From Air and Space's Dragonfly Is the First Aircraft Built for the Outer Solar System; NASA returns to Saturn’s largest moon with a rover that can fly. which I just found in this heavily-sourced answer to How does the Dragonfly helicopter for Titan compare to Perseverance, Ingenuity and a human in terms of size, mass, weight and daily range?
“Hopefully, we fly for years and years.” says Ralph Lorenz, an APL planetary scientist who was a member of the Cassini radar team and is Dragonfly’s mission architect.
And they'd certainly better!!!
In this April 2020 Assessments of Major NASA Projects GAO-20-405 on page 37, Dragonfly's science mission is listed as 2.7 years. (launch ~2026, landing 2034)
The well-sourced answer to the 2018 question How quickly might a Titan rover or drone get covered in oil and dirt? Will it need windshield-wipers? begins "Honestly, from what I can tell, not much consideration has been given to this issue." Three years later and a lot closer to a planned 2027 launch, there should be some additional thought and work on this.
Answers to Do Mars rovers protect optical windows during dust storms? Do they "avert their eyes" or do they just "grin and bear it"? address dust problems, but Titan is semi-literally a whole 'nuther ball of wax-like substances!
Detail from screenshot from the NASA video Dragonfly: NASA's New Mission to Explore Saturn's Moon Titan at about 00:44 showing plenty of nooks and crannies and small parts that might get dirty:
Ghostbuster and Bill Murray fans will remember what getting slimed means.
The findings of the Huygens probe indicate that Titan's atmosphere periodically rains liquid methane and other organic compounds onto the moon's surface. In October 2007, observers noted an increase in apparent opacity in the clouds above the equatorial Xanadu region, suggestive of "methane drizzle", though this was not direct evidence for rain. However, subsequent images of lakes in Titan's southern hemisphere taken over one year show that they are enlarged and filled by seasonal hydrocarbon rainfall. It is possible that areas of Titan's surface may be coated in a layer of tholins, but this has not been confirmed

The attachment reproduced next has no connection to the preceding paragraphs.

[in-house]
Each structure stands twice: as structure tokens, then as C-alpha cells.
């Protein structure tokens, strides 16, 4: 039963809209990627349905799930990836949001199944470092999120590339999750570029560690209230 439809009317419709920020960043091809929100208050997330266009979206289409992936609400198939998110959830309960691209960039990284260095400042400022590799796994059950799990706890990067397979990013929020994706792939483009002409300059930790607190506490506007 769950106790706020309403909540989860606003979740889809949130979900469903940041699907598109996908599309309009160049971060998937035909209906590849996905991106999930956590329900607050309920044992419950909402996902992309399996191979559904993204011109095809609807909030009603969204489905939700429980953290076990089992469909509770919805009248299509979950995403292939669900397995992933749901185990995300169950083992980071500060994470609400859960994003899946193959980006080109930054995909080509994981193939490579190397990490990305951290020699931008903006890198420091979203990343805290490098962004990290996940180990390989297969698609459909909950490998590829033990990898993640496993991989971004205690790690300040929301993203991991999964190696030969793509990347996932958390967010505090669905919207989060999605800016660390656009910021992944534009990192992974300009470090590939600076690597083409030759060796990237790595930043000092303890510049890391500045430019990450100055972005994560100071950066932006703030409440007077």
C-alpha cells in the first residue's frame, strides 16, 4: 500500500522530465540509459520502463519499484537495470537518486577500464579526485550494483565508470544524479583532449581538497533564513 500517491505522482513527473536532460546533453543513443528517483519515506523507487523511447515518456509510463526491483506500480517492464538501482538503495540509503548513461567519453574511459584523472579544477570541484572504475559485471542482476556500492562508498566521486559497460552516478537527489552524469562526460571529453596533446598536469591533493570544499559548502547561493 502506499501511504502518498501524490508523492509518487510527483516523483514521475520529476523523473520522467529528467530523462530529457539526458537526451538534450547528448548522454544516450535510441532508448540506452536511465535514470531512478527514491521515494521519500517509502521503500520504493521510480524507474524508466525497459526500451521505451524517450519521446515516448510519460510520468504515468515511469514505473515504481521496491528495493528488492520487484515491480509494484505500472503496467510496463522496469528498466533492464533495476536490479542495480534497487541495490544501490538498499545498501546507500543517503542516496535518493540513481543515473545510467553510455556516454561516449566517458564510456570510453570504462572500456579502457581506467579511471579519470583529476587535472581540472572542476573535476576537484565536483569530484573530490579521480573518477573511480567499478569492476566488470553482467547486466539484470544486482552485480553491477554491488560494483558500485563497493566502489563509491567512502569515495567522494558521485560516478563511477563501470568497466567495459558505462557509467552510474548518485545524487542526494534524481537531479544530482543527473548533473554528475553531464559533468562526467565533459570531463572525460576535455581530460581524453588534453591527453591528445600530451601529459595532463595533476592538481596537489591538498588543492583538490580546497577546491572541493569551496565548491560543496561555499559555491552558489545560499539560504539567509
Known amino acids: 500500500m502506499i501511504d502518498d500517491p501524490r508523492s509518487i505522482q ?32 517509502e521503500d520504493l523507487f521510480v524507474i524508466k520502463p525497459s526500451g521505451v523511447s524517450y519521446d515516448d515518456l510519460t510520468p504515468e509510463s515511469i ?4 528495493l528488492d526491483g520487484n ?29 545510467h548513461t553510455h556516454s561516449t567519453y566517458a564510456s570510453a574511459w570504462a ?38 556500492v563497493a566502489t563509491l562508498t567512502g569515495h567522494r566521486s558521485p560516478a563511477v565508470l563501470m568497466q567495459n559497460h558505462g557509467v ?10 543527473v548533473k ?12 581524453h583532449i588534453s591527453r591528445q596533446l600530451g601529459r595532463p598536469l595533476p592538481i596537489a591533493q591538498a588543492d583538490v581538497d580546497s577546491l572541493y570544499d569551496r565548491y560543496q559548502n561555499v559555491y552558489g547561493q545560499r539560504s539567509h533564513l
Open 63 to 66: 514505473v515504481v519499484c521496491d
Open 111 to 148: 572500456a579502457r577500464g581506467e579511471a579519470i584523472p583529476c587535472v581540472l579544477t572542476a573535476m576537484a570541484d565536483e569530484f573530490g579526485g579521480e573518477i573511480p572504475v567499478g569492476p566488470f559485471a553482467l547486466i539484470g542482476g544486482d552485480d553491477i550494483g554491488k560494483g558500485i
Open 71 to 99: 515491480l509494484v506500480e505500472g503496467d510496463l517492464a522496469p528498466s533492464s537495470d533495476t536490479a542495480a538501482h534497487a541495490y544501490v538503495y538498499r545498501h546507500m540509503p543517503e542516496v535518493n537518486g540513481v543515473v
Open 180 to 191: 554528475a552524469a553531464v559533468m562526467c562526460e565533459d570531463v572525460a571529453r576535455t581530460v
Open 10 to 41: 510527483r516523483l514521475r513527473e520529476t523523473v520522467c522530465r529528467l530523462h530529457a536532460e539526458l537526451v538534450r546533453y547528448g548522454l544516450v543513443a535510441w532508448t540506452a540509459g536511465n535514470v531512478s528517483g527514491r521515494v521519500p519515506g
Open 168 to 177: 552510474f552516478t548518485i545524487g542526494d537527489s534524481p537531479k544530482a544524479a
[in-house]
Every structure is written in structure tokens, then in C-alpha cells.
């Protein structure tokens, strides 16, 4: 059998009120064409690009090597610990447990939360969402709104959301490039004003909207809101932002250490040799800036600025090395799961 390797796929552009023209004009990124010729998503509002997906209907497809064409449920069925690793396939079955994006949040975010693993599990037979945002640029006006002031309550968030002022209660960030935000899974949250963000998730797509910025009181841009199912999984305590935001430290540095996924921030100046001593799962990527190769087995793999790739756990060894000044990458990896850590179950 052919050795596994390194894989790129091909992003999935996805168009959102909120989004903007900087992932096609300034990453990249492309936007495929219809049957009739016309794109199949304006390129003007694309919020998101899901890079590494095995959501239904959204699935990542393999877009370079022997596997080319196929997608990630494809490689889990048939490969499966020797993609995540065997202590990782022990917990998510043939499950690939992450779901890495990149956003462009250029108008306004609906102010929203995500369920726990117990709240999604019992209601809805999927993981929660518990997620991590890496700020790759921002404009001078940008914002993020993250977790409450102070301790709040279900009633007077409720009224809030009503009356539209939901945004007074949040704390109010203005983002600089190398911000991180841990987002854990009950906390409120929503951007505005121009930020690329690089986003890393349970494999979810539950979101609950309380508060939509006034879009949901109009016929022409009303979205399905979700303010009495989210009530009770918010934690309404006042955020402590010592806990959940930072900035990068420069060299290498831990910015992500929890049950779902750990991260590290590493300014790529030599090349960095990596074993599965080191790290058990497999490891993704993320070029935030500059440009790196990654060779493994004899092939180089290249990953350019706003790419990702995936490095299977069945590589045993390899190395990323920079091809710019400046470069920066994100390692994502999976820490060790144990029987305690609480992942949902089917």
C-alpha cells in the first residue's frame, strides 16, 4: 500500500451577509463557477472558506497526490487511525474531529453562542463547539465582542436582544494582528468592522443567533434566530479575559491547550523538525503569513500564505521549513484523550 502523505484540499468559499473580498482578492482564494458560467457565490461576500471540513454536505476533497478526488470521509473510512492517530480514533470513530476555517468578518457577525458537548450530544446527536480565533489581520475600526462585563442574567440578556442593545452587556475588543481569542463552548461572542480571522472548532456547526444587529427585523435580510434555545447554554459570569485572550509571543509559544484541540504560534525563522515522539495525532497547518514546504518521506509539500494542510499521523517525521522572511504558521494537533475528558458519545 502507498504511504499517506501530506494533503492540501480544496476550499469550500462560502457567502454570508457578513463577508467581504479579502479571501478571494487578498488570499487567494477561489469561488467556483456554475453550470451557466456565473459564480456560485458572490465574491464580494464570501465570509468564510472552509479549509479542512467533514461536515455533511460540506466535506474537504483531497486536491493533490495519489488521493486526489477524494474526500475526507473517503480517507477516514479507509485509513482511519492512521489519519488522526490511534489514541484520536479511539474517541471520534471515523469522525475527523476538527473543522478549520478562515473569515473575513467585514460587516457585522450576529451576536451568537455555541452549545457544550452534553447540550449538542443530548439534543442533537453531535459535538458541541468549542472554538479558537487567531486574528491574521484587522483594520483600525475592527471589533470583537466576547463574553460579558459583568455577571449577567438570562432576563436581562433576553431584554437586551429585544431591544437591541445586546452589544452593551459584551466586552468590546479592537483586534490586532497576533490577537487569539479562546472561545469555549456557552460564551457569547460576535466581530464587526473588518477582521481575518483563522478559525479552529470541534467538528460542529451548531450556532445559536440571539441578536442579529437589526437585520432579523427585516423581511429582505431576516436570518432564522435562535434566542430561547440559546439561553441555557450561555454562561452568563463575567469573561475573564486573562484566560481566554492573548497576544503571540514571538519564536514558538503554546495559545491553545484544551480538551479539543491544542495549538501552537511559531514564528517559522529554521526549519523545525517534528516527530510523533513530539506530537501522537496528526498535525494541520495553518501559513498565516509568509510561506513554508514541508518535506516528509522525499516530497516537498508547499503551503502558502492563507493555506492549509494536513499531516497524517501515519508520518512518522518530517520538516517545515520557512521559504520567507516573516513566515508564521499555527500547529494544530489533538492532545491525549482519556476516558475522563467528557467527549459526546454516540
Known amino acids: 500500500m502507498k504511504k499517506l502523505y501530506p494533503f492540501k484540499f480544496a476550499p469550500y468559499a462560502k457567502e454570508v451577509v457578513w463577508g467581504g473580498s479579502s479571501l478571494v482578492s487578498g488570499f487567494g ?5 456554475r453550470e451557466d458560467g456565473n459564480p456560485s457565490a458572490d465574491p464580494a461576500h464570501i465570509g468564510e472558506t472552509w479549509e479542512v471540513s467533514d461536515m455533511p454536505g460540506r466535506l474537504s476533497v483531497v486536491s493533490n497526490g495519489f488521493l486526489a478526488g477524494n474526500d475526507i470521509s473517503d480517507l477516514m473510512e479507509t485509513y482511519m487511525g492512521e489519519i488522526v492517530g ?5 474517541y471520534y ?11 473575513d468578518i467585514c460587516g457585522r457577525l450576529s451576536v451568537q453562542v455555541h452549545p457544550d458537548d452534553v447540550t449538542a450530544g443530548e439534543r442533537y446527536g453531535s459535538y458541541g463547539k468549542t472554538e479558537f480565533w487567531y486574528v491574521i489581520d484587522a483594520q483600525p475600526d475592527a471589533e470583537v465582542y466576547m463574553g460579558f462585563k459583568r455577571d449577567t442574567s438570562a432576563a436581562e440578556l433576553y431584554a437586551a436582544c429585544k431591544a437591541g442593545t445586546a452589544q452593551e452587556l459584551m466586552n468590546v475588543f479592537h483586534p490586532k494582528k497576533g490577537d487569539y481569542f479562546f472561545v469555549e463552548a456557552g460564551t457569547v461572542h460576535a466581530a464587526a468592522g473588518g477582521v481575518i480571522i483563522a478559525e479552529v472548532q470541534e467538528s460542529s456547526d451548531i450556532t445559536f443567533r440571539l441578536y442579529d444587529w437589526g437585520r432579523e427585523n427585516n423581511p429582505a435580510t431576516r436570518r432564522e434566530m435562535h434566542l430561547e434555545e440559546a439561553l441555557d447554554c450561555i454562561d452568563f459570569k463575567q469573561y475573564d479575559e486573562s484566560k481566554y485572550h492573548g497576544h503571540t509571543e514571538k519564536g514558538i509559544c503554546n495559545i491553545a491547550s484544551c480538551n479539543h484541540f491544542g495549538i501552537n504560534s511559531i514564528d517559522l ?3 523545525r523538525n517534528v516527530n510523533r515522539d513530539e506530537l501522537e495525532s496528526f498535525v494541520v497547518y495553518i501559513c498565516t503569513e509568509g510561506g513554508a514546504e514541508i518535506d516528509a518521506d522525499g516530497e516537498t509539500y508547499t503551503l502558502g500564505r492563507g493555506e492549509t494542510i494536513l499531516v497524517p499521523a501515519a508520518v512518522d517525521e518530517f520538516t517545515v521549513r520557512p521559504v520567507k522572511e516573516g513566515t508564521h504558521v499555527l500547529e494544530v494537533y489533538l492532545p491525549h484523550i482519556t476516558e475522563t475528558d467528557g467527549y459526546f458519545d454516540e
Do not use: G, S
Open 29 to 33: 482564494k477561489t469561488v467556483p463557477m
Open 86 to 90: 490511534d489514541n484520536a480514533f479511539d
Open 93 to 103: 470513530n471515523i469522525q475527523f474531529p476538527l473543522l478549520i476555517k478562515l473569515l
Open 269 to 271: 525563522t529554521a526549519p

I don't understand the chemistry of tholins, methane drizzle and ethane fog (mentioned in diagram below) but it doesn't sound like a place where you could leave a camera or other instrument outside for an extended period of time and expect the lenses and windows to stay optically clean and transparent without any attention to covering or cleaning.
If droplets of goo are hanging from the leading and trailing edges of the helicopter's propellors their aerodynamic properties will change as well. I wonder if they will have something like organo-phobic cotaings or "de-icing" technology for shedding, melting or vaporizing organic viscous liquids or solids?
How do they know that the Dragonfly helicopter won't get quickly coated in tholin muck? Will it have any muck mitigation or desliming technology?
A graph detailing temperature, pressure, and other aspects of Titan's climate. The atmospheric haze lowers the temperature in the lower atmosphere, while methane raises the temperature at the surface. Cryovolcanoes erupt methane into the atmosphere, which then rains down onto the surface, forming lakes. Source
left: Image of Titan's surface taken by the Huygens probe on 14 January 2005. (PIA07232) source From Wikipedia's Tholin: The surface of Titan as viewed from the Huygens lander. Tholins are suspected to be the source of the reddish color of both the surface and the atmospheric haze. and right: source The formation of tholins in the atmosphere of Titan